(or, The Importance of Critical Thinking)
There is no doubt that the age of big data is upon us. While most agree we’re in the very early stages of realizing its potential, we are now able to capture and crunch vast amounts of information in order to learn all kinds of things about ourselves and our world.
While listening to a recent episode of the TED Radio Hour podcast on the “Big Data Revolution,” I was reminded of the power of big data and the impact this will continue to have on the way we live our lives. With anything of this scale, there are significant benefits and the potential for danger and misuse, but perhaps the biggest lesson was the reminder that data itself doesn’t do anything.
Data doesn’t create meaning. People do.
The title of this blog would be certain to grab your attention if you saw it as a newspaper headline or magazine cover. And it’s likely easy to uncover data that proves a strong correlation between the consumption of ice cream and incidents of drowning. Of course, correlation does not always lead to causation. With a shallow dive into the details, there’s a much simpler explanation for this phenomenon. Summer. A season where many of us are much more likely to consume ice cream and/or go for a swim.
While somewhat of a goofy example, the fact remains that in order for all this data now available in the world to be used for good, we must improve our ability to think critically and apply meaning carefully. As data analyst Susan Etlinger explains in her TED Talk, “we have the potential to make bad decisions far more quickly, efficiently and with far greater impact than we did in the past.”
This has major implications in the world of investing. With ever growing amounts of data available to anyone investing in anything, there is a rush to make connections which can lead to errors in judgment as to whether correlations are causal or just coincidental. Despite historical evidence and seemingly exponentially growing support behind scientific research of respected economists, Nobel prize winners and financial media experts that there is no benefit to attempting to out play the market, we are hard wired to believe if we work hard enough we can find an edge. Today’s data rich world offers an endless haystack for speculators to search for that elusive needle. And this doesn’t even scratch the surface of the opportunities for unethical behavior in packaging investment products based on loosely researched or heavily manipulated data for profit.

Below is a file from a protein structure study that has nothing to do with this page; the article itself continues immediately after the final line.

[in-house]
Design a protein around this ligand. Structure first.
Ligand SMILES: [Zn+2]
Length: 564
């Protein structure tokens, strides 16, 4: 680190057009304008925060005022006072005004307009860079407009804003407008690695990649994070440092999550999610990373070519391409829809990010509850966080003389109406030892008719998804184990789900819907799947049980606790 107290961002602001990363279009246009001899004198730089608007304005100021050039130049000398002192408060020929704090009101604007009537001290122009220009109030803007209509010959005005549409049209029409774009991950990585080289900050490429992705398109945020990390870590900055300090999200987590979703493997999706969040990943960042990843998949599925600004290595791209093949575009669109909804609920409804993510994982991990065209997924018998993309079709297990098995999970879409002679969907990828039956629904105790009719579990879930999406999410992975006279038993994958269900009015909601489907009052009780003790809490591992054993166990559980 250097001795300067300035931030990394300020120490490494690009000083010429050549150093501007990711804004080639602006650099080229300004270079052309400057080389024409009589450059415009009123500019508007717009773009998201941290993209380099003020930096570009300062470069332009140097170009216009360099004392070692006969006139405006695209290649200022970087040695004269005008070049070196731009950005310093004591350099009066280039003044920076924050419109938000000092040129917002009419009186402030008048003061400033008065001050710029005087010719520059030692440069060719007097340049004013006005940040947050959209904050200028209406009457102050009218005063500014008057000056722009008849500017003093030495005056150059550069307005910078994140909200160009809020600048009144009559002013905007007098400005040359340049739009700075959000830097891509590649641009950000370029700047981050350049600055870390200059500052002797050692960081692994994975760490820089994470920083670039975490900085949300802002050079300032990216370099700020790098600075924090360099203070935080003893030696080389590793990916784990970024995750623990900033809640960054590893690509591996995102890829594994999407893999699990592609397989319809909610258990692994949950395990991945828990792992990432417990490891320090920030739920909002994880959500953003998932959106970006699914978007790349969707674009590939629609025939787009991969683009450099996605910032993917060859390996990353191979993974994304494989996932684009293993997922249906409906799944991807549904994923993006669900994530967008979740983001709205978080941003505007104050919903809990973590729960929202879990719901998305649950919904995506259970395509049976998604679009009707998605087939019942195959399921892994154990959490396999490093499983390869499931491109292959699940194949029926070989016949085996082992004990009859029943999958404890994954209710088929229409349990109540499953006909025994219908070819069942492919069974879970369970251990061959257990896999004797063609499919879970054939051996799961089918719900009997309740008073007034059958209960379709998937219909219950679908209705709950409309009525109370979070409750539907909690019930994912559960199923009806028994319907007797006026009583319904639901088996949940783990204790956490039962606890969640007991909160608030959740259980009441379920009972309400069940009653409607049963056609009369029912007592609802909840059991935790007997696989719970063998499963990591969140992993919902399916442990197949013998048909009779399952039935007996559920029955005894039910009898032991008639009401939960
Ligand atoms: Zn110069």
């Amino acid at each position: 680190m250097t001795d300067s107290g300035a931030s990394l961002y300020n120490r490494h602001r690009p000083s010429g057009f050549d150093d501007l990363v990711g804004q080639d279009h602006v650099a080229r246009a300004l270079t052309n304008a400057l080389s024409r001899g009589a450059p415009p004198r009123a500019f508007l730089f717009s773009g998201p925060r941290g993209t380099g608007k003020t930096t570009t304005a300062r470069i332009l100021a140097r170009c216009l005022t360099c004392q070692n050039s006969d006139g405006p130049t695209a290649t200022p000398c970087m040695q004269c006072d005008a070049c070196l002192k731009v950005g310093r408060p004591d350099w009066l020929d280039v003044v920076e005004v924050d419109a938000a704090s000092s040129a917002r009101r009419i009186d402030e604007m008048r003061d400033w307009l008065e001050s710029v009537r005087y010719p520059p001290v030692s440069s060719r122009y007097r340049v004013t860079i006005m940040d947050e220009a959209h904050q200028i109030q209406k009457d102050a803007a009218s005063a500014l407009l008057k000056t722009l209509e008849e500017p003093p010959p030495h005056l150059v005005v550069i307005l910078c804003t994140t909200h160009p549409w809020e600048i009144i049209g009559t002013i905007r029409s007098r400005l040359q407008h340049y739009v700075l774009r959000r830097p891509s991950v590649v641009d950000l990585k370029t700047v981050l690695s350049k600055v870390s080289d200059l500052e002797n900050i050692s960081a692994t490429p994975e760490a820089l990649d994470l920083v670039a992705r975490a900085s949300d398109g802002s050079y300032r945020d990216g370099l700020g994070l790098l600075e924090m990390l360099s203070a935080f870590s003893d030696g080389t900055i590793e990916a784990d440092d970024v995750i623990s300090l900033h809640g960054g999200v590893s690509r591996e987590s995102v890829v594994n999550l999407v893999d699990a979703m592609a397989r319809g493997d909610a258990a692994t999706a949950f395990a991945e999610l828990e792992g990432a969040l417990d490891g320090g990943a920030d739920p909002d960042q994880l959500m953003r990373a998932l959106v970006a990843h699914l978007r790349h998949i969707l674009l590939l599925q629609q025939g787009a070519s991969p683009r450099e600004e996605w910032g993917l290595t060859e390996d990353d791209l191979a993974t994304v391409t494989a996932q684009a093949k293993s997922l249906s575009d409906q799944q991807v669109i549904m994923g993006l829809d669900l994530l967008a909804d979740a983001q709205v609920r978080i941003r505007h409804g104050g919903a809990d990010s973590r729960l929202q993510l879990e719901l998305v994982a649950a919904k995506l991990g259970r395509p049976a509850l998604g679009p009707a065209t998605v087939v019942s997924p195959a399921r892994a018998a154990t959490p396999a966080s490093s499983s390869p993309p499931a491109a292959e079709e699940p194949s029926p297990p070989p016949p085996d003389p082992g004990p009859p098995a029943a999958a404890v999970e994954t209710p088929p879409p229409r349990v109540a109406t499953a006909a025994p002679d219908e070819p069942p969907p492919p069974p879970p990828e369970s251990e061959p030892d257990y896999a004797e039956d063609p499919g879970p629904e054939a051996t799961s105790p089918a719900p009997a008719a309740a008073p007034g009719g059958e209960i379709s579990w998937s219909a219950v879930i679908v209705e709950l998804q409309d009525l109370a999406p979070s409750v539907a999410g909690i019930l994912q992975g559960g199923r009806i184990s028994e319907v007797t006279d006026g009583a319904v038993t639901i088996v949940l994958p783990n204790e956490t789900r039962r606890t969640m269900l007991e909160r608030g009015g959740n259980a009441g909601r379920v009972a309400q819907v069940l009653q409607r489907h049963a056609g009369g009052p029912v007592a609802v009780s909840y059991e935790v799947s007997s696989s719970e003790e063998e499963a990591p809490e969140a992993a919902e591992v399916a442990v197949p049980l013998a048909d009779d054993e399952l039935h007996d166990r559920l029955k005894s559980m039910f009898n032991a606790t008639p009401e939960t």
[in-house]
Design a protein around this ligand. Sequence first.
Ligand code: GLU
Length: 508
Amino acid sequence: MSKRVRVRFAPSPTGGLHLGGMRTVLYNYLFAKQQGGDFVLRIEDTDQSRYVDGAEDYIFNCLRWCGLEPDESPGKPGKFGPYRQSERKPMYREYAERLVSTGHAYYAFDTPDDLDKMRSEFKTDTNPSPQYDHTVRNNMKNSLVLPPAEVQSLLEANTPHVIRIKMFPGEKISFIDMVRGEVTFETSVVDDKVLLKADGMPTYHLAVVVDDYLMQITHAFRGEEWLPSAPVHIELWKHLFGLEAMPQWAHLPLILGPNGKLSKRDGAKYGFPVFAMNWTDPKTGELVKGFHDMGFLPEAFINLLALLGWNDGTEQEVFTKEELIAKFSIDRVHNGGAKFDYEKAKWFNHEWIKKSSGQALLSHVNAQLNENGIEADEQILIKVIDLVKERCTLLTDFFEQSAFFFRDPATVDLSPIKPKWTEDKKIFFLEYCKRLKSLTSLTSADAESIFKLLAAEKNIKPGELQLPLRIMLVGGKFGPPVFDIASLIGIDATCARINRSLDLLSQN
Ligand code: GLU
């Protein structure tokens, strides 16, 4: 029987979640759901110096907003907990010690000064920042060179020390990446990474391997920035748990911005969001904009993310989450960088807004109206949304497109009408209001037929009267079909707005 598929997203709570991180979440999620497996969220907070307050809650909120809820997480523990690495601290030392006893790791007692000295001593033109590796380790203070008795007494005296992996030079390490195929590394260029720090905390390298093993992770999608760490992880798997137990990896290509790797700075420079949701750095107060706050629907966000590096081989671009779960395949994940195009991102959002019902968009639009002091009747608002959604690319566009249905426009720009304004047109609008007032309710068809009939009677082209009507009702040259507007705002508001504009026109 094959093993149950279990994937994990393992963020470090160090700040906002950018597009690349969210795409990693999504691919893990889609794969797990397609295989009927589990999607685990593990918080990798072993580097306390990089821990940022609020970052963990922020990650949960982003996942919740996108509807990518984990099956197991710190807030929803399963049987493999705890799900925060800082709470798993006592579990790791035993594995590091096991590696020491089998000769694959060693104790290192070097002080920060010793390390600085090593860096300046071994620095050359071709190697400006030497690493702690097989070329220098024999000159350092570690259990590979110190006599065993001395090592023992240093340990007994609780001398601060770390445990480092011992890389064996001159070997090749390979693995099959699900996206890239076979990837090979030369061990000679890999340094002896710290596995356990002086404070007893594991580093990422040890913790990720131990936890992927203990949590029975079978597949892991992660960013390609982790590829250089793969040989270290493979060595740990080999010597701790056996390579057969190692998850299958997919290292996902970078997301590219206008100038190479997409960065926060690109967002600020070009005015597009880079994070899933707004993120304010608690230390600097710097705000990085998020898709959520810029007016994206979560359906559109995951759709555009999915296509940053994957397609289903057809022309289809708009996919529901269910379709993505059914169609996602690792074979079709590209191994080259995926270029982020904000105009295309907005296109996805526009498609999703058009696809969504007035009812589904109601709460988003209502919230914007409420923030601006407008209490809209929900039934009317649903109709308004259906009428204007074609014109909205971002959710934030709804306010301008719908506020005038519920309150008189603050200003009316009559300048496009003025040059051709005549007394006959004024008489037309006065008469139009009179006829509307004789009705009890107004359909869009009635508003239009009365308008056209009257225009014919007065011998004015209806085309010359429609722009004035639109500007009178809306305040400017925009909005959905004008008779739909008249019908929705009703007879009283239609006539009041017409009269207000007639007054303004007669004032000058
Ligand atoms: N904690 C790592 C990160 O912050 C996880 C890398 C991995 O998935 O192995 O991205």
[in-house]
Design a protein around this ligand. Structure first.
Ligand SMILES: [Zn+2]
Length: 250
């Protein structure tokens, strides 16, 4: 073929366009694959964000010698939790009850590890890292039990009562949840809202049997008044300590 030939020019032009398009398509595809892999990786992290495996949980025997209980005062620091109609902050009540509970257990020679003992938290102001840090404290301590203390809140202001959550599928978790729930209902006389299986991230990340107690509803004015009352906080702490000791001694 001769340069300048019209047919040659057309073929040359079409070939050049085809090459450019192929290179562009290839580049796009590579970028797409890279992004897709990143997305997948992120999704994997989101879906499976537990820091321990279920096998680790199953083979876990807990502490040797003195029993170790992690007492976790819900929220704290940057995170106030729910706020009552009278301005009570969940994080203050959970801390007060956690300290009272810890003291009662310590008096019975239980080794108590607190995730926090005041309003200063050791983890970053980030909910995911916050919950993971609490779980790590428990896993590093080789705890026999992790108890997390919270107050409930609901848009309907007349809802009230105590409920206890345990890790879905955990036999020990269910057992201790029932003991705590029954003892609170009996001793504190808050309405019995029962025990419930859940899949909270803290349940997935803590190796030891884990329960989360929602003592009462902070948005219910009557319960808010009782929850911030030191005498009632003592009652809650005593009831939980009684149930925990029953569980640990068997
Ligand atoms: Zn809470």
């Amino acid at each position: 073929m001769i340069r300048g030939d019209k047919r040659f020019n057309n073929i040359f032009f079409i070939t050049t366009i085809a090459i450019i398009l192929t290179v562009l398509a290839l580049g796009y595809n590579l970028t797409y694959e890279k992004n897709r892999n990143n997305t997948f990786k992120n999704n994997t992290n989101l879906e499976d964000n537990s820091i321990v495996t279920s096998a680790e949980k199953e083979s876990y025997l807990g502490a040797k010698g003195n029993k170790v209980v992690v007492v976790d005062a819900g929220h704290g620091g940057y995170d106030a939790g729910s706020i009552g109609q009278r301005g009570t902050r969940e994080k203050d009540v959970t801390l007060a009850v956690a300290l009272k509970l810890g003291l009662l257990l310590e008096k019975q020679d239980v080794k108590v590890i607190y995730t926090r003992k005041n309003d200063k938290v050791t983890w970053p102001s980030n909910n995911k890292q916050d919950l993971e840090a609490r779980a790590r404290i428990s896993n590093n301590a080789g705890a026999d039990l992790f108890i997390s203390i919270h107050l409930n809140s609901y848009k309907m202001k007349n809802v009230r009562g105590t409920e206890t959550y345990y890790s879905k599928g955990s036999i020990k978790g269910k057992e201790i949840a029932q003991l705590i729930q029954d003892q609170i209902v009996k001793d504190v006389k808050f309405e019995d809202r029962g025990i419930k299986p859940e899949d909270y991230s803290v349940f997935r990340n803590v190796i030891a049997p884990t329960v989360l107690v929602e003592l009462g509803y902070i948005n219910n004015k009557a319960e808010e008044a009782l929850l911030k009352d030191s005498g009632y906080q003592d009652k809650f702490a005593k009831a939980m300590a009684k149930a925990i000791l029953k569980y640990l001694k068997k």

The same holds true, of course, in many, many industries and walks of life. The solution? Etlinger’s suggestion to bypass these potential pitfalls is directing more of our time to the humanities; sociology, rhetoric, philosophy, ethics, etc. Her hypothesis is that adding emphasis in these areas will improve our ability to think critically, spot problems in arguments, and better identify biases and false correlations.
She adds, “something that happens after something doesn’t necessarily mean it happens because of it.”
Avoidance is impossible. This big data world is one we’re going to live in whether we like it or not. Instead, we’ll hopefully be able to enjoy benefits to our health, wealth and general well-being as a result of being able to assess how we live our lives more thoughtfully. The cost will be vigilance and learning to increasingly ask who put the information together and what their motivation is in coming to this conclusion.
In investing and in life, long term optimism mixed with a pinch of doubt continues to be a healthy balance.
Have a great week!